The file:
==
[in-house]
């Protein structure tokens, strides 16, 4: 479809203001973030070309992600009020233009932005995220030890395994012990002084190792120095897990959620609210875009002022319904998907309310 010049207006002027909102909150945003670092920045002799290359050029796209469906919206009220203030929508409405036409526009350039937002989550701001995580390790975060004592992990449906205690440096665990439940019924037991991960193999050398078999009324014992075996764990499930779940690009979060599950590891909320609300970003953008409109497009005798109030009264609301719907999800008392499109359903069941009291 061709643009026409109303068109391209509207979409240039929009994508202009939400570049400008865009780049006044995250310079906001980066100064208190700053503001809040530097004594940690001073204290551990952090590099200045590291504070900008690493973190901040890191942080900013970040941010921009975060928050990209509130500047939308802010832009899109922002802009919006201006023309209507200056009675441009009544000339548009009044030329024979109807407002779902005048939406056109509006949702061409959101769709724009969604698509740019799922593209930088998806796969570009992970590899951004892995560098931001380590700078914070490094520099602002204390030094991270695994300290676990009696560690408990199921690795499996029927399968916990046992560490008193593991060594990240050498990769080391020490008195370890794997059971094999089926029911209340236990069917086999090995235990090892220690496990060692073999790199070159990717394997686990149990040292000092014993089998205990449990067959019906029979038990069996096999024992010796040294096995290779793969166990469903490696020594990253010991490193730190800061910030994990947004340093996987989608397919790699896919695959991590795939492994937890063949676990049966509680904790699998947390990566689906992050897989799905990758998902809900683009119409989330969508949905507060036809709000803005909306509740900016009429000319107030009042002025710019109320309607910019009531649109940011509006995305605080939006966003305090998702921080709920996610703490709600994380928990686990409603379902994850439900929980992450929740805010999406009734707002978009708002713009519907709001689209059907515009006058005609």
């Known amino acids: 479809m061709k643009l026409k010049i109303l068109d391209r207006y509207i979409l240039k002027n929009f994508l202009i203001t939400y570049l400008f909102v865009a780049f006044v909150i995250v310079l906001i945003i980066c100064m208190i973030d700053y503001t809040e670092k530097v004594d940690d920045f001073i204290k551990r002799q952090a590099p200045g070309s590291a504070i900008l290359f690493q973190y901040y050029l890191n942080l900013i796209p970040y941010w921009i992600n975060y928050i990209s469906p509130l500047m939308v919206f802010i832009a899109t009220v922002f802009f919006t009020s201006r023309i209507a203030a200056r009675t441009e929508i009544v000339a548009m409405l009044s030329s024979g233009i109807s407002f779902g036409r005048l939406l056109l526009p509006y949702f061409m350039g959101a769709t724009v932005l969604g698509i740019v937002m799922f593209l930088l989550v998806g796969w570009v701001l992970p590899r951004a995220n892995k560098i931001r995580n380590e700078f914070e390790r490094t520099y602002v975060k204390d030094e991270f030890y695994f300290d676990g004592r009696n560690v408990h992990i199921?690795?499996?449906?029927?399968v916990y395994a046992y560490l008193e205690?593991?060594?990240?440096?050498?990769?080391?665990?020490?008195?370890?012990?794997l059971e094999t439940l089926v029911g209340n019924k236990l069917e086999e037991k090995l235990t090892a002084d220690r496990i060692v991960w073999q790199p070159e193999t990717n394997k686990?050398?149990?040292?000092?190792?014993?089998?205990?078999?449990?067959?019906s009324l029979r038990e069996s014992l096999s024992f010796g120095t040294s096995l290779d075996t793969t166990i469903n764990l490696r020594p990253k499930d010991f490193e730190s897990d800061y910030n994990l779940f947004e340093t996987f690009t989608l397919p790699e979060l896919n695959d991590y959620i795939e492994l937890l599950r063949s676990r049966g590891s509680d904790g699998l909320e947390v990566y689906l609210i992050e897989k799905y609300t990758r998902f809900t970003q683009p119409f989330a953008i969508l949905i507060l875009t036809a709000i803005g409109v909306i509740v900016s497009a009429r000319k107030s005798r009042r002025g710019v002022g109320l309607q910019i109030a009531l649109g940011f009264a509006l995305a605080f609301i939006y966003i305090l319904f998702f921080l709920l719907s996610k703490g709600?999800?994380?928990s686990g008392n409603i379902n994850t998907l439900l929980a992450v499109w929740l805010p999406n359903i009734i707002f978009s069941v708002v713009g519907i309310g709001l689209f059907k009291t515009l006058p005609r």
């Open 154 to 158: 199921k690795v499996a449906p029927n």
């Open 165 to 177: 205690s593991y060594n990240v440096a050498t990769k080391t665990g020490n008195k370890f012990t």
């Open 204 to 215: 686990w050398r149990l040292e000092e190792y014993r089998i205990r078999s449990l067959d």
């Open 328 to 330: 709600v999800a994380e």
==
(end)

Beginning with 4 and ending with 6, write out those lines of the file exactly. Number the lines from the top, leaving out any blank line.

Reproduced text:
């Open 154 to 158: 199921k690795v499996a449906p029927n």
């Open 165 to 177: 205690s593991y060594n990240v440096a050498t990769k080391t665990g020490n008195k370890f012990t």
């Open 204 to 215: 686990w050398r149990l040292e000092e190792y014993r089998i205990r078999s449990l067959d």